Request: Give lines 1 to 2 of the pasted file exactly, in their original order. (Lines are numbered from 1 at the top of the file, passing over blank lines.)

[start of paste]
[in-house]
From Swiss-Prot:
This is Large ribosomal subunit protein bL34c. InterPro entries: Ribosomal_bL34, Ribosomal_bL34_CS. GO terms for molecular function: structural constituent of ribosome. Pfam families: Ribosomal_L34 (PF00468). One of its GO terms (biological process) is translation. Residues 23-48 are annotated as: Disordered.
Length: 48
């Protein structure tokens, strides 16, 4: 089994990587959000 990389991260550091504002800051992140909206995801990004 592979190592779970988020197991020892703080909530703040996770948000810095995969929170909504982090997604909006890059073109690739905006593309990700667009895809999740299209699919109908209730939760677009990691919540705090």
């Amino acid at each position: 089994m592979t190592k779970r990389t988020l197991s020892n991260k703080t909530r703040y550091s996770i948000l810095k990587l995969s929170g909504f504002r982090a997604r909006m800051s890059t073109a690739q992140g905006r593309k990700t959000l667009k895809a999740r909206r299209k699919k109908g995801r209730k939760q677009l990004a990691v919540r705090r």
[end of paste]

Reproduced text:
[in-house]
From Swiss-Prot: